Morocco-Western Sahara
Moroccan protesters hold placards depicting portraits of their king, in the capital Rabat, on March 13, 2016. The UN has been trying to oversee an independence referendum for Western Sahara since 1992 after a ceasefire was reached to end a war that broke out when Morocco sent its forces to the former Spanish territory in 1975 FADEL SENNA/AFP/Getty Images

Moroccan King Mohammed VI has officially announced that his country wants to rejoin the African Union (AU). The move comes 32 years after quitting the bloc over its decision to accept Western Sahara as a member.

Morocco is the only African nation which has not been part of the union, but in his message to AU leaders during a two-day summit in the Rwandan capital Kigali, the king said his country "never left Africa".

"For a long time our friends have been asking us to return to them, so that Morocco can take up its natural place within its institutional family. The moment has now come," King Mohammed VI told the summit, according to Moroccan news agency MAP.

Morocco has claimed Western Sahara, which was once a Spanish colony, as its "southern province", occupying much of the territory since 1975. But this was not recognised by the international community. It is reported that the AU and the UN have always considered Western Sahara as an independent state, prompting Morocco to stay out of the union since 1984.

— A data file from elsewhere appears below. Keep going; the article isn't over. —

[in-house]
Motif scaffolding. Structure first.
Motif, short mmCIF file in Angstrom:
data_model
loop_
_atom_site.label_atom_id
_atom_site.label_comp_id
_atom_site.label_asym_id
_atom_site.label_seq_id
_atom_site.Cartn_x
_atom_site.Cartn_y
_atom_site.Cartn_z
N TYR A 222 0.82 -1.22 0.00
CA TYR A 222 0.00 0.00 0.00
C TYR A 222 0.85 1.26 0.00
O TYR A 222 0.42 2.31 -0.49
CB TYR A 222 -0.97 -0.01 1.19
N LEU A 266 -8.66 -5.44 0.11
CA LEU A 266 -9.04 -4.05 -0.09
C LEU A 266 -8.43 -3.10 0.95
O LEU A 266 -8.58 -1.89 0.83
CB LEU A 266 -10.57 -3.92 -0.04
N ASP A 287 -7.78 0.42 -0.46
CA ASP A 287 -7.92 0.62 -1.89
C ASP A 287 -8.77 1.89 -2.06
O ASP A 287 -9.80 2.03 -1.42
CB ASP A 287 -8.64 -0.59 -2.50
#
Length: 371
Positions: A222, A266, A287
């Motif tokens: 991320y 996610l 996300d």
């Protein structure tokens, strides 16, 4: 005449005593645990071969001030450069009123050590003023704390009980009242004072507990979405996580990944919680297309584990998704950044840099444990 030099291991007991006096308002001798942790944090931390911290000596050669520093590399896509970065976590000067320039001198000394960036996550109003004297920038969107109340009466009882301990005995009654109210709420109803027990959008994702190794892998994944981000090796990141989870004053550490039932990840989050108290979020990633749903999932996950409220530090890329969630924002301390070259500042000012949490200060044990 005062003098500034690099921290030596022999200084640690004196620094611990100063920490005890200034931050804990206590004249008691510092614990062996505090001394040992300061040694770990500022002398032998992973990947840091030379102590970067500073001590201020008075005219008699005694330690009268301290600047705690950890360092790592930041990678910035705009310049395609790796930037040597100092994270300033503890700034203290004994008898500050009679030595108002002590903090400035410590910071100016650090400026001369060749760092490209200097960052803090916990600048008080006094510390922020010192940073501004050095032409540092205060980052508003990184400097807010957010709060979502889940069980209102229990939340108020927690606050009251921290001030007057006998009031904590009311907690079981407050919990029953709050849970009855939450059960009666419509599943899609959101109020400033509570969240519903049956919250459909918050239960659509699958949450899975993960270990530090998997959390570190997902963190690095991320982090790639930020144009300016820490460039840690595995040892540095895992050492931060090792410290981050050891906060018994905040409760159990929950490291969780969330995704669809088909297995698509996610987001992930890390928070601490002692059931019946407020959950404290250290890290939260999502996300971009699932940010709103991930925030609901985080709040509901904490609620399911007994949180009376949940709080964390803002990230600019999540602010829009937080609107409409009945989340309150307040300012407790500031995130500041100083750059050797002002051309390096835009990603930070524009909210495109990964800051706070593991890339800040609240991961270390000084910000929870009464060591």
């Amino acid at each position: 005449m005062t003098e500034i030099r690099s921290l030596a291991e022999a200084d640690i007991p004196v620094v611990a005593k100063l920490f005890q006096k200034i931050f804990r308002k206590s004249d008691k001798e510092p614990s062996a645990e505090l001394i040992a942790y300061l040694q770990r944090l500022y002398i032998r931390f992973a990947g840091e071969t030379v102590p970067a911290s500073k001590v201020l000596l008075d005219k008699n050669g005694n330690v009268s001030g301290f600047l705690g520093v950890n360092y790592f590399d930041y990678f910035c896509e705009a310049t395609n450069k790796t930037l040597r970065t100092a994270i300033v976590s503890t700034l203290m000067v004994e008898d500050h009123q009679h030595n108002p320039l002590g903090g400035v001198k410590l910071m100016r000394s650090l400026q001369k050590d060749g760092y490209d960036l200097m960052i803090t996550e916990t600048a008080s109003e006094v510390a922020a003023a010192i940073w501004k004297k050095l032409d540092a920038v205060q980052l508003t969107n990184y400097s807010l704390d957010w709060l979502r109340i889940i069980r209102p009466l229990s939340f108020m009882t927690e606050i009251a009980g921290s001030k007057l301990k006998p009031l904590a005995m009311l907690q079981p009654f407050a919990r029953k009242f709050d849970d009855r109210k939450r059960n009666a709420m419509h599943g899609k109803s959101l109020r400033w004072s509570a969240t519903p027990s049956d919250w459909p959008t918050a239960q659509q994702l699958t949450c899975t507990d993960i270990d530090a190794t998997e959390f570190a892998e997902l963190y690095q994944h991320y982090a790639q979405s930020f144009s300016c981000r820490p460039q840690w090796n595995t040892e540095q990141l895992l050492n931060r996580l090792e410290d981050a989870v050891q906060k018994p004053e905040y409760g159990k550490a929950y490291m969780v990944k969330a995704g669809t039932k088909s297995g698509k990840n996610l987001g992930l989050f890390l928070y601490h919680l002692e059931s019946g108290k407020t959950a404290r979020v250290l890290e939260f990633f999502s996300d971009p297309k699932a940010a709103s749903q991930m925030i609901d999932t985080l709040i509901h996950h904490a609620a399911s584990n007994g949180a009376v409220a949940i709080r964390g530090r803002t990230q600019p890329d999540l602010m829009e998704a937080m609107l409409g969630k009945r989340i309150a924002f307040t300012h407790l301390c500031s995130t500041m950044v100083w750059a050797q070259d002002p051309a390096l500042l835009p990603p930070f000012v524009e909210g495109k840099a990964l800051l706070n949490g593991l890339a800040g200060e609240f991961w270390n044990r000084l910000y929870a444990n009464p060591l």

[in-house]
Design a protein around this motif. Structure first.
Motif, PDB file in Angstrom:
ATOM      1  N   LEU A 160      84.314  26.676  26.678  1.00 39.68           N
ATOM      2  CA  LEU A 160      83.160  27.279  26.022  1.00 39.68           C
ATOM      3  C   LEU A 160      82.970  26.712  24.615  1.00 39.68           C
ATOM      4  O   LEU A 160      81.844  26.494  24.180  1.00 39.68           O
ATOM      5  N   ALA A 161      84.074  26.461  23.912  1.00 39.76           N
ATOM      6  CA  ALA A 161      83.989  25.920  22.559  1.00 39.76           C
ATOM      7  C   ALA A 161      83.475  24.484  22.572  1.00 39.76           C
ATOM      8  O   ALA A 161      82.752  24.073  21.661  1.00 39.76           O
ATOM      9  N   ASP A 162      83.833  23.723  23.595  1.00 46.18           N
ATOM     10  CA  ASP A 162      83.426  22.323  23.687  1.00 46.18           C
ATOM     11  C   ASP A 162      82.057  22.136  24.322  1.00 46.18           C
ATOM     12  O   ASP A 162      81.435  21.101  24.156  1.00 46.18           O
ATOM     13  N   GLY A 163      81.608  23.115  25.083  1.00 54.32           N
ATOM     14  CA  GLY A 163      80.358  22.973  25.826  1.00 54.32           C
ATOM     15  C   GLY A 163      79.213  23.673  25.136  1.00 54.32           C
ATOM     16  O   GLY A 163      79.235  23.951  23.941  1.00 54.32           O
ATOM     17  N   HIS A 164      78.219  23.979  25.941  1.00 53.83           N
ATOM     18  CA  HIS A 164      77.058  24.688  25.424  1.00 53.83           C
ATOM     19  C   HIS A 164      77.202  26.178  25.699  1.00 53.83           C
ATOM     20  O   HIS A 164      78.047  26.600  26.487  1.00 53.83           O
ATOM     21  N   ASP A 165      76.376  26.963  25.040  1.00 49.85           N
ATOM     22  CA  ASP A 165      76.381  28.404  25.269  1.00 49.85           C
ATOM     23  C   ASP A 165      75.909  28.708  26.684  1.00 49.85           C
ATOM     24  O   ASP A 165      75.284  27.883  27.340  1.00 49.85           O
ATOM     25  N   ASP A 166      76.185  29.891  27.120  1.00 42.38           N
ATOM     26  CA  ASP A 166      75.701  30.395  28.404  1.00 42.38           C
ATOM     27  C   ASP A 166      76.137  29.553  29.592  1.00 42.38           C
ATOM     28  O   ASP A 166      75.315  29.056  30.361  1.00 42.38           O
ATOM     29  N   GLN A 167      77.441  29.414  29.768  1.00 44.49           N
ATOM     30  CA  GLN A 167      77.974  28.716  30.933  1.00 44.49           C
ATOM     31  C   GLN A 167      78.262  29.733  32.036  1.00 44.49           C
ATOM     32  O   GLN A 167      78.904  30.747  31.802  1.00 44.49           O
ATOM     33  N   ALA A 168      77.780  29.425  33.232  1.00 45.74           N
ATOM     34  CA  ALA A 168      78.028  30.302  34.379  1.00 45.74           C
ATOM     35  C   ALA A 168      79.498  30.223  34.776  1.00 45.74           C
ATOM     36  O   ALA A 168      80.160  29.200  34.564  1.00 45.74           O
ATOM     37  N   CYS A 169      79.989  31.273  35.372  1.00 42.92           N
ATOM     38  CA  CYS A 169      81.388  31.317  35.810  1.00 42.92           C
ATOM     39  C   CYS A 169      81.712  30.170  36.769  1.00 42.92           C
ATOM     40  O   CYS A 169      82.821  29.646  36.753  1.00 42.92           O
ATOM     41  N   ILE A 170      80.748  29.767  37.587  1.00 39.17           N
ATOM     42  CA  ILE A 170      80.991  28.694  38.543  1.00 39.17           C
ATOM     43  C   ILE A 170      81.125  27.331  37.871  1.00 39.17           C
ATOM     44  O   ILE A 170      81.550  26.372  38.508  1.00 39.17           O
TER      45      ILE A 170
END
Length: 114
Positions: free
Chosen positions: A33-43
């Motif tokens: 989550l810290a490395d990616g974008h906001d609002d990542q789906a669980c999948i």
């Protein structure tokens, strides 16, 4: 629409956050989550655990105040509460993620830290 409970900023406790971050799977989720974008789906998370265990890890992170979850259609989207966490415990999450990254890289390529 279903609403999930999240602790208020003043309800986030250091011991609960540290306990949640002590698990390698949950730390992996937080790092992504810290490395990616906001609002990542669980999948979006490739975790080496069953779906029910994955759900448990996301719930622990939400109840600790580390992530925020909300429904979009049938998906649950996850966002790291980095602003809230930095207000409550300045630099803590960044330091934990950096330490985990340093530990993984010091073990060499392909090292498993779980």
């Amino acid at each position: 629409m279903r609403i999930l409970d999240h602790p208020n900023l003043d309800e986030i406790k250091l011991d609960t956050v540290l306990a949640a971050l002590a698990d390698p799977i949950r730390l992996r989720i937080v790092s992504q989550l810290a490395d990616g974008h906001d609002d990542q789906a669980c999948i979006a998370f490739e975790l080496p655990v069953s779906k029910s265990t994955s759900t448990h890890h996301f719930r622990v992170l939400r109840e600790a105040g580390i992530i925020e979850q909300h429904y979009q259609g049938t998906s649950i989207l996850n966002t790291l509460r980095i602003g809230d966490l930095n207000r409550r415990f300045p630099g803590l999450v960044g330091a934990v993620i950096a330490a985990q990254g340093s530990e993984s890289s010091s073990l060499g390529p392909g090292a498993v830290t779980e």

According to BBC, the AU said it would continue to press for the rights of Western Sahara to hold a referendum on self-determination, supported by the local pro-independence Polisario Front. In 1991, a UN mission brokered a ceasefire between Moroccan troops and the native Sahrawi rebels to find a peaceful settlement of a 15-year guerrilla war, but the agreement has reportedly failed to yield any results. The Sahrawi people have allegedly suffered discrimination by the Moroccan government.

Morocco even reportedly threatened to pull its soldiers out of the UN global peacekeeping mission in Western Sahara in March because of the dispute.

However, the monarch urged the AU leaders to rethink Morocco's position in the bloc, saying that it would find a political solution "under the auspices of the UN Security Council".

"Our people need concrete, tangible action. One cannot change geography, nor can one escape the burden of history. Morocco should not remain outside its African institutional family and should regain its natural, rightful place within the AU. From within, Morocco will contribute to making the AU a more robust organisation – one that is both proud of its credibility and relieved of the trappings of an obsolete era," the king said while addressing the summit.